This article takes stock of one of the major innovations under the European System of Financial Supervision (ESFS): the breach of Union law procedure. Under this procedure, the European Supervisory Authorities (ESAs) have a key role to play in policing breaches of Union law, but they have rarely taken formal action. Many decisions are decisions not to act, i.e. declining to open investigations following a request by a complainant. Some of these “inactions” have been scrutinized before the Joint Board of Appeal of the ESAs (BoA). One was appealed before the EU judiciary, which denied “ordinary” complainants procedural safeguards, including rights of appeal before the BoA and the EU courts. This article seeks to shed light on the ESAs’ decisions not to act under the breach of Union law procedure, focusing on the ESAs’ very substantial discretionary right not to initiate an investigation, and suggesting that the procedural position of some ordinary complainants should be revisited.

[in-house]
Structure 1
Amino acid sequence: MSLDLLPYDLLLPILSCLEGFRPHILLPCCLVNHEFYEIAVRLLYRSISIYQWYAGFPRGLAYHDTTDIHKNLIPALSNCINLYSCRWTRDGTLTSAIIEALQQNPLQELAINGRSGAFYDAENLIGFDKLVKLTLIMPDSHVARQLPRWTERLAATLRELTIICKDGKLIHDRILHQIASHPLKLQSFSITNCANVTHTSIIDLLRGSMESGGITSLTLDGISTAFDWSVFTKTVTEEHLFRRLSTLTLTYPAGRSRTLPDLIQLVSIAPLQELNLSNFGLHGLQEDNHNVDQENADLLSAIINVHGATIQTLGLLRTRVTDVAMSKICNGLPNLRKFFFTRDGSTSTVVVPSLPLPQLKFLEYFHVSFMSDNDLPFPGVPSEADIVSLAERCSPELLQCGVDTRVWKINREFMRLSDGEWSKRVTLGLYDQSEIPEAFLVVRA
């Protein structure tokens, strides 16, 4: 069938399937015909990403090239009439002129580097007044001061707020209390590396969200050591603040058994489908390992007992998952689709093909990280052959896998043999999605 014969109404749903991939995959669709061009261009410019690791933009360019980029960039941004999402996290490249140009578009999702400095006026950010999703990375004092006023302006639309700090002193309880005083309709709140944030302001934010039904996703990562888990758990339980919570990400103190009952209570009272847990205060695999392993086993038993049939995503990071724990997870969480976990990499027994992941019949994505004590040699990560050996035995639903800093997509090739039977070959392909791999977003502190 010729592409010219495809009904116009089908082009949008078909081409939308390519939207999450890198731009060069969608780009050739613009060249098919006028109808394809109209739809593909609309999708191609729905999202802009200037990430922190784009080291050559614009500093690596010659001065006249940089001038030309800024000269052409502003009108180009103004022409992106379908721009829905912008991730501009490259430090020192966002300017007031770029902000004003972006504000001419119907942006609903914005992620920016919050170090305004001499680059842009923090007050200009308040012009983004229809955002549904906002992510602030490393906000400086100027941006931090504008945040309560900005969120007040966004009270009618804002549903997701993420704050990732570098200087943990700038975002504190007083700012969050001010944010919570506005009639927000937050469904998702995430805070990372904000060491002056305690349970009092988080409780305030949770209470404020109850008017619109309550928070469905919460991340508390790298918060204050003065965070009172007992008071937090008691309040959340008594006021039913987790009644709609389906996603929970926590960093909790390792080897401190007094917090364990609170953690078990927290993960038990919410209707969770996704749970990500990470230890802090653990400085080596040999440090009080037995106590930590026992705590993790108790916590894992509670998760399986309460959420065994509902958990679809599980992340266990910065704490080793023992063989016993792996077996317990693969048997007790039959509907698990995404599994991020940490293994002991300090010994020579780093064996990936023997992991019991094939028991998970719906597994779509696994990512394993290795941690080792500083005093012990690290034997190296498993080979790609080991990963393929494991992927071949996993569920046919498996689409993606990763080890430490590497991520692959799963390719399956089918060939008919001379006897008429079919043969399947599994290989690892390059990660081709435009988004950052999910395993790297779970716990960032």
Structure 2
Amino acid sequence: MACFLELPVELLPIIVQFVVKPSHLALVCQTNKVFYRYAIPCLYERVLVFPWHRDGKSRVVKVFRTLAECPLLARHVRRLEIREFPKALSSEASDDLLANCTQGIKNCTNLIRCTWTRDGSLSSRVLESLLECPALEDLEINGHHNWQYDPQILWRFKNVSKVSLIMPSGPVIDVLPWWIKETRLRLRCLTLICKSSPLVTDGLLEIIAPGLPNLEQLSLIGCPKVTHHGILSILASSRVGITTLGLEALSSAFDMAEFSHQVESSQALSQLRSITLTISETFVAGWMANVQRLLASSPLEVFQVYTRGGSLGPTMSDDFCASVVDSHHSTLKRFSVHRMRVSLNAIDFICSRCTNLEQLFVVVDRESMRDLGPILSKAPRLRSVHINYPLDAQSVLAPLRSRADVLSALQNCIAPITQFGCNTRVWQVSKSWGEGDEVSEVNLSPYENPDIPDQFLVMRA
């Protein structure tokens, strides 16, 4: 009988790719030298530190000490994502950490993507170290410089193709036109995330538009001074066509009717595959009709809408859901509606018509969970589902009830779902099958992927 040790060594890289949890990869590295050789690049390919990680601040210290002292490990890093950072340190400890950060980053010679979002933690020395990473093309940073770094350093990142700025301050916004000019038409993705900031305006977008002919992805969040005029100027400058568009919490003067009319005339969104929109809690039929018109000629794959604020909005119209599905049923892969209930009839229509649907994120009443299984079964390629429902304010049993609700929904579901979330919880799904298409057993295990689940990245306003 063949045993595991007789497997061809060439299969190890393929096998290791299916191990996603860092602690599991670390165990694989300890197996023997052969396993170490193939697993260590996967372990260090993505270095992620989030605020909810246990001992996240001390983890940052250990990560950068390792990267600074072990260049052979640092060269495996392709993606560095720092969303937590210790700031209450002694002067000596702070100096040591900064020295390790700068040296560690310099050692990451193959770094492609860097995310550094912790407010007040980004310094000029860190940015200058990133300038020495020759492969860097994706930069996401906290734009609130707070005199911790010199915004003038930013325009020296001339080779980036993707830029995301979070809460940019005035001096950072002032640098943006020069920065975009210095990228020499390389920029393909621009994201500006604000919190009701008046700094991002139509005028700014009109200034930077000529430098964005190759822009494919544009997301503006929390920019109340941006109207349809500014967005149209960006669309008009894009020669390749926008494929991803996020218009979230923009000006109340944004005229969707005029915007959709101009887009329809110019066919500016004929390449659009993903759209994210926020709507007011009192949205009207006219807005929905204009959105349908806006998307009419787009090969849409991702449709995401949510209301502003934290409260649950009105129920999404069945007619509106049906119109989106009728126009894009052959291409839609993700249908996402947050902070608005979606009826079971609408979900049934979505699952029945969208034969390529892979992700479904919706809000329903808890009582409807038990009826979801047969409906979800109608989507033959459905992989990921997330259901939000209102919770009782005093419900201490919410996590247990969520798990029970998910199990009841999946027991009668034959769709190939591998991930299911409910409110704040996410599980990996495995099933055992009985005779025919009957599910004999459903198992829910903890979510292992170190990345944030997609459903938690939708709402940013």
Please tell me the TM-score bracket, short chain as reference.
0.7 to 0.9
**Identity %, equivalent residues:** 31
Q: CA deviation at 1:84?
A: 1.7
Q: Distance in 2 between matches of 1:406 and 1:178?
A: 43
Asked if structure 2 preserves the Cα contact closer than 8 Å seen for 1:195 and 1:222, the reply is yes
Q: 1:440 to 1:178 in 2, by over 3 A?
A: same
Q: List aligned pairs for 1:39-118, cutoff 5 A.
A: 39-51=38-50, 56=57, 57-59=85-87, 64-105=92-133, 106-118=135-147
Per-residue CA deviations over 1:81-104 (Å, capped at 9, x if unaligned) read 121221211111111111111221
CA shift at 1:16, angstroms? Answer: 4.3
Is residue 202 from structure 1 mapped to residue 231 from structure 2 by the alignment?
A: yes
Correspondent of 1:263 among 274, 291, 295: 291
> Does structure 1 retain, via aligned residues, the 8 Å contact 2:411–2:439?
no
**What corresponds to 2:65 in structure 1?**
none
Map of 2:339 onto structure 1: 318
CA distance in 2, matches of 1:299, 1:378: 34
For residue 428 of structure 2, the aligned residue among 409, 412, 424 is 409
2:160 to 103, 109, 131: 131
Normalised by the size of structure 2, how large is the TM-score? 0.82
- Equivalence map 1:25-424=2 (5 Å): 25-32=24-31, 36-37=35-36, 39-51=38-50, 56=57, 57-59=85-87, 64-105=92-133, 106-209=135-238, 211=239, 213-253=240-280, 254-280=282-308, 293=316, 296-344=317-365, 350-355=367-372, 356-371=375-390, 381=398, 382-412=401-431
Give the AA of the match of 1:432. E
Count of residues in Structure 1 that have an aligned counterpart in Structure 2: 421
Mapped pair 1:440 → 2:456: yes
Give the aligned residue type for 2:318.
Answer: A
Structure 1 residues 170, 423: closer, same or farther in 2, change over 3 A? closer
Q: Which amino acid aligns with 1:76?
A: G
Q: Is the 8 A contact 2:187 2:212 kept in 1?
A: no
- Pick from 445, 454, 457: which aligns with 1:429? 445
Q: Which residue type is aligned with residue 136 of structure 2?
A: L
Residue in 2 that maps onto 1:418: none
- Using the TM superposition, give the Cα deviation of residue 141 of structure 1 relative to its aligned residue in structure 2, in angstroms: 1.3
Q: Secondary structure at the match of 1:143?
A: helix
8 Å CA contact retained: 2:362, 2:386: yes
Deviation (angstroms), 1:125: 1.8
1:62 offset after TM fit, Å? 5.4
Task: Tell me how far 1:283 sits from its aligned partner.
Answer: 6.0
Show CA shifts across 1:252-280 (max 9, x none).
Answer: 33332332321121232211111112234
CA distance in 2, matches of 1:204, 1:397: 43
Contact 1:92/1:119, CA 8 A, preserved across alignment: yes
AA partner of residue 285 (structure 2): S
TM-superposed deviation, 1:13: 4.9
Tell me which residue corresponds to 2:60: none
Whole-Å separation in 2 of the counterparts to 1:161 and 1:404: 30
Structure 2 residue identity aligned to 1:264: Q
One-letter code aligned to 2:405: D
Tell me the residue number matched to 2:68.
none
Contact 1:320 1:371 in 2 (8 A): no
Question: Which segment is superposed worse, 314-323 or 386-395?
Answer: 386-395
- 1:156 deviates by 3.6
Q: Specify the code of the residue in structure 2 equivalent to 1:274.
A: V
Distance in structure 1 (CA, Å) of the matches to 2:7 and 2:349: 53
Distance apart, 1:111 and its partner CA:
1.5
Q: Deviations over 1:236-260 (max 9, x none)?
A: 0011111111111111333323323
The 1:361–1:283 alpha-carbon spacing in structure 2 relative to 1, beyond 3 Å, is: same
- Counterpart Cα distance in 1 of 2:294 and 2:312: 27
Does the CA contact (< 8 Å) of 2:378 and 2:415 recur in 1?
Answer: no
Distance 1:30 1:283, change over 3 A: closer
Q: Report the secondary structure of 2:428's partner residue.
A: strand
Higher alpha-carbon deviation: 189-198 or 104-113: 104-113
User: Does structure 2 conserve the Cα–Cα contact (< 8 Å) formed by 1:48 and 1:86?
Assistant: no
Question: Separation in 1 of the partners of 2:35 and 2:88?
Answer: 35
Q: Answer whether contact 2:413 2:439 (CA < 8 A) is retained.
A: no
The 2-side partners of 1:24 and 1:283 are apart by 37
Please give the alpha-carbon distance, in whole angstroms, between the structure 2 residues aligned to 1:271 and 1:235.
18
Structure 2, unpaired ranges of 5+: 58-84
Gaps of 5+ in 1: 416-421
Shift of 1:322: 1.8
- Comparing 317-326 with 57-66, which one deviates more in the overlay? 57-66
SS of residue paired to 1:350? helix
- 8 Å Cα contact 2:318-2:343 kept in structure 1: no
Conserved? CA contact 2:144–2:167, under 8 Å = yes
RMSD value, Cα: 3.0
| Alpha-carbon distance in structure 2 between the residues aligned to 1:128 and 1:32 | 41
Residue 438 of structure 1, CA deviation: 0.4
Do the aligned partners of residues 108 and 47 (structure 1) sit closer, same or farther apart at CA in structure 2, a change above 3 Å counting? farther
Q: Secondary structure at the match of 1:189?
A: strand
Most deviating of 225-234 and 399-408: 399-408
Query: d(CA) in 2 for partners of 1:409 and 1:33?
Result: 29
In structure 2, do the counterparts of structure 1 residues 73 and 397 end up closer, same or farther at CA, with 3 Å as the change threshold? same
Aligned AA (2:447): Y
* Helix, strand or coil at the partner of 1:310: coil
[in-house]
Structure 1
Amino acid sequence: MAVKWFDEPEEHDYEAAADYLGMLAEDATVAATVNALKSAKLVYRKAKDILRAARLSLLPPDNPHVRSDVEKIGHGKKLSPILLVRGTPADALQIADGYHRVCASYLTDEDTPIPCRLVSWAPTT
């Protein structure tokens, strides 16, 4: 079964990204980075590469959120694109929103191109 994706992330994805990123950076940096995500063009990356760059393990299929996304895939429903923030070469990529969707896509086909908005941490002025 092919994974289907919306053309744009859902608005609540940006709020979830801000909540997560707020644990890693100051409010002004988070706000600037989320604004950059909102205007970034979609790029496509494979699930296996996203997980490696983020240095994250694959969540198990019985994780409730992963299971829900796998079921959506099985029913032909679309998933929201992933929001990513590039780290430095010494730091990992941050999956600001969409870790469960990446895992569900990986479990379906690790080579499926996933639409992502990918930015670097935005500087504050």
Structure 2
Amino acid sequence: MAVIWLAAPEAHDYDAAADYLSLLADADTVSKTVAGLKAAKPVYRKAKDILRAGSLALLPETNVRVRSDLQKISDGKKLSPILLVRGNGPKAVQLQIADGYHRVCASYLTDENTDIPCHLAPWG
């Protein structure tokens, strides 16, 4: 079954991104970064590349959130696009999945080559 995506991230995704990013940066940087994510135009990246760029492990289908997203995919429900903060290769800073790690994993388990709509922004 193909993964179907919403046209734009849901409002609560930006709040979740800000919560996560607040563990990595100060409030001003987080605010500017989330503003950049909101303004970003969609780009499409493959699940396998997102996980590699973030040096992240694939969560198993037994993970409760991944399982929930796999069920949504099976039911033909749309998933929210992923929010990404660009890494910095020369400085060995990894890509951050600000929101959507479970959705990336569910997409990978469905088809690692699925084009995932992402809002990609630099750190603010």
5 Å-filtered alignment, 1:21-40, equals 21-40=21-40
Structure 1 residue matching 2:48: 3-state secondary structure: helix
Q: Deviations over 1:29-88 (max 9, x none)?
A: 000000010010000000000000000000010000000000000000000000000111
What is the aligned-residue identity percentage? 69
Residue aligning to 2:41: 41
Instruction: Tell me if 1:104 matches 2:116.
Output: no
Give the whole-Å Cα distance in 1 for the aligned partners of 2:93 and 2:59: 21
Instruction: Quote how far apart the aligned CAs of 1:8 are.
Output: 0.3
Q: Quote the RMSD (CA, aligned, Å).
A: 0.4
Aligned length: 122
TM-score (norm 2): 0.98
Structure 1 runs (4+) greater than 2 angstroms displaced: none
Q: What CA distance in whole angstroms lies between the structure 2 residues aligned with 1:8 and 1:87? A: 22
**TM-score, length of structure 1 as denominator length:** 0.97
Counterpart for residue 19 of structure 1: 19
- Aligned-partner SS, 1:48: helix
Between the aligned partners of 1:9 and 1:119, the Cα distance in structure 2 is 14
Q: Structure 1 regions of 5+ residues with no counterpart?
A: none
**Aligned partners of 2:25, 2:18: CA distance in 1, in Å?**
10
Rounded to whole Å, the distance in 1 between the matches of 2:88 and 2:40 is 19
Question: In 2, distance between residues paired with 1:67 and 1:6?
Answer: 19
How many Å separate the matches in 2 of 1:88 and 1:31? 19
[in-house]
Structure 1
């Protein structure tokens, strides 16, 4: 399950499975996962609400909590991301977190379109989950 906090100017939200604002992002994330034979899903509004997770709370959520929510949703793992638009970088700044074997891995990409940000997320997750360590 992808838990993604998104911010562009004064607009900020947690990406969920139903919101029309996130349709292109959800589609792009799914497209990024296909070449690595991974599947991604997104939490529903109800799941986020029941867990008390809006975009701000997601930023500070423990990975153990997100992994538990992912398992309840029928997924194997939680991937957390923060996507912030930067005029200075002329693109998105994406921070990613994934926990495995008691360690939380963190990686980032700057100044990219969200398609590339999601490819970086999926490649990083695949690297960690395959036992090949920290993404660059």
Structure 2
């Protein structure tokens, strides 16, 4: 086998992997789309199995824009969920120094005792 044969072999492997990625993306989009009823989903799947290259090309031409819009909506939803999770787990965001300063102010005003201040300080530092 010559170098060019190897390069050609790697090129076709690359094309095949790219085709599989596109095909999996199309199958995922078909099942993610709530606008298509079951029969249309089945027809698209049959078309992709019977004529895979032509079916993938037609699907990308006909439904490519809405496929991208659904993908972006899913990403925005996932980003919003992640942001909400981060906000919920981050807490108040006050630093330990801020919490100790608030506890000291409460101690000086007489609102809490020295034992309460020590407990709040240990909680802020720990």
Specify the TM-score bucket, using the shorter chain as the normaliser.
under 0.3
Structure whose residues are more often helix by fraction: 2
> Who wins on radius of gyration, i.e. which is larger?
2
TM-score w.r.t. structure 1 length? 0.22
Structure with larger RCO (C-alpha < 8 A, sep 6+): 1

Common Market Law Review